DESALINATION (1967): Sydney Loeb takes a position at Ben-Gurion University, where he will develop the reverse osmosis desalination process, now the worldwide standard.

ADVANCED CELLULAR RESEARCH (1970): Ada Yonath establishes the only protein crystallography laboratory in Israel. She begins a course of research on the structure and function of the ribosome, the sub-cellular component that produces protein, which in turn controls all chemistry within organisms. Her work lays a foundation for the emergence of so-called “rational drug design,” which produces treatments for several types of leukemia, glaucoma and HIV, as well as antipsychotic and antidepressant drugs. Along with two colleagues, Yonath is awarded the 2009 Nobel Prize in Chemistry.

BLOOD DETOXIFICATION (1972): Meir Wilchek demonstrates that “affinity chromatography” — a method he developed for separating biological or biochemical materials — can be used to detoxify human blood. The work leads to the development of present-day technologies, employed around the world, that are used to remove poison from a patient’s blood.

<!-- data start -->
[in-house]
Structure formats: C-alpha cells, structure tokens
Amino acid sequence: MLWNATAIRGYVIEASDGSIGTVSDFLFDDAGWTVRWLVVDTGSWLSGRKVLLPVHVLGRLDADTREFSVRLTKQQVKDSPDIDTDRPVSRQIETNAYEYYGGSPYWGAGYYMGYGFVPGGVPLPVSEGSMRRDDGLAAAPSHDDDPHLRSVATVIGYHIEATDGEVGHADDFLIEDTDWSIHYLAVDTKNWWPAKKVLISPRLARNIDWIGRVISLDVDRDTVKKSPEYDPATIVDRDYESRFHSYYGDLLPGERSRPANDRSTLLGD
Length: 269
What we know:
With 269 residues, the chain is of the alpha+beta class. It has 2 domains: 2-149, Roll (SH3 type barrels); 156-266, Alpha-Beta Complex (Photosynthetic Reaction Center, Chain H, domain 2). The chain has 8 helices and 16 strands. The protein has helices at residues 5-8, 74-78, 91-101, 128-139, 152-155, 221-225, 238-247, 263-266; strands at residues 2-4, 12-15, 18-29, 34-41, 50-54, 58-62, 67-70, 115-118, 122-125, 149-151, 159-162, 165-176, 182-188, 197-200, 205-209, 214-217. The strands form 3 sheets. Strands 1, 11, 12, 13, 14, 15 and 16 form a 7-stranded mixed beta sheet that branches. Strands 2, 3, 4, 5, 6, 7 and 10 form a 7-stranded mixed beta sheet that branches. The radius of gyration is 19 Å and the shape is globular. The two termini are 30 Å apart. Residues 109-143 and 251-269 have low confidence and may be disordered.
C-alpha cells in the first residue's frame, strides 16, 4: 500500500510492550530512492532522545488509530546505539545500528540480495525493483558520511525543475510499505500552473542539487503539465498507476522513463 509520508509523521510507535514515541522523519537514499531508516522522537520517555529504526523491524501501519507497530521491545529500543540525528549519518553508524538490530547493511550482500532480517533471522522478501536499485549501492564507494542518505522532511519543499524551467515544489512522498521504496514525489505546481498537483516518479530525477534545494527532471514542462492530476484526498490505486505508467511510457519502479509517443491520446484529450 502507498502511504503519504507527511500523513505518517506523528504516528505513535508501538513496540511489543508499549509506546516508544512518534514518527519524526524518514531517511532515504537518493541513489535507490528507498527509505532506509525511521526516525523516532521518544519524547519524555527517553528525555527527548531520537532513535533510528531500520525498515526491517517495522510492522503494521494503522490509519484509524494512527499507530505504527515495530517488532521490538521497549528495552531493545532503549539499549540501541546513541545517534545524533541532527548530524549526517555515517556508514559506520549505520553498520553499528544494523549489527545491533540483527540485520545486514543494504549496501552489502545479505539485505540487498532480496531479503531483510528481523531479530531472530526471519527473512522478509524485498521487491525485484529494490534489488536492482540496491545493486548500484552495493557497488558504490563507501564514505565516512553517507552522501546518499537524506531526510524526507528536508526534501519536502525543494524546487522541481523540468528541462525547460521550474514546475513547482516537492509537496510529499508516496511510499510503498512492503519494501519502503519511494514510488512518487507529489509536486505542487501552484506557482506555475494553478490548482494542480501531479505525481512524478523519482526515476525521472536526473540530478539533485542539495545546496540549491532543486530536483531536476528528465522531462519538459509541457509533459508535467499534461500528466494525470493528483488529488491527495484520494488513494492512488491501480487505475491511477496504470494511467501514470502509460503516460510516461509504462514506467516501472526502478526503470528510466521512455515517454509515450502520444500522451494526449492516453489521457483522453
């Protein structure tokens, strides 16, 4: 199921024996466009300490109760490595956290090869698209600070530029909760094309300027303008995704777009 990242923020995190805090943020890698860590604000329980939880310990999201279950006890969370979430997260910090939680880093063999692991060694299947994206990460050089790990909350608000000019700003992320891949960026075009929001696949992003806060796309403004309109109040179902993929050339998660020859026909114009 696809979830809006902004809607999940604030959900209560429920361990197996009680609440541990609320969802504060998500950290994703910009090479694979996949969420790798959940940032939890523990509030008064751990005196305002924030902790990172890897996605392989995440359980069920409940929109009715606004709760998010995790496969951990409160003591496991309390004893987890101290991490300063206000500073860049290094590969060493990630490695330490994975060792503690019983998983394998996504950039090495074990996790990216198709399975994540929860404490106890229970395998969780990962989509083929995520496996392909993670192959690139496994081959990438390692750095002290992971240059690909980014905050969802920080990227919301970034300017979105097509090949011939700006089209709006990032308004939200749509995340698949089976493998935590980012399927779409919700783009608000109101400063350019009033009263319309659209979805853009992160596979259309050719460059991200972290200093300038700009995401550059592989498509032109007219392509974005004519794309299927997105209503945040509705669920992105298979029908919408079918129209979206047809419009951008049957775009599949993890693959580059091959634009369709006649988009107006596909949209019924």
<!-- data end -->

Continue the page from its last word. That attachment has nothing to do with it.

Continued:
DRONE AIRCRAFT (1973): Israeli fighter jets sustain serious damage during the Yom Kippur War. In response, Israel initiates the development of the first modern Unmanned Aerial Vehicles – also known as UAVs or drones. The new Israeli drones are lighter, smaller and cheaper than any of their predecessors, with capacities such as real-time 360-degree video imaging, radar decoy capability and increased operating ceilings. Drones enable Israel to eliminate Syria’s air defenses at the start of the 1982 war with Lebanon without losing a single pilot. Drones descending today from Israeli designs conduct military, civilian, research and surveillance operations around the world.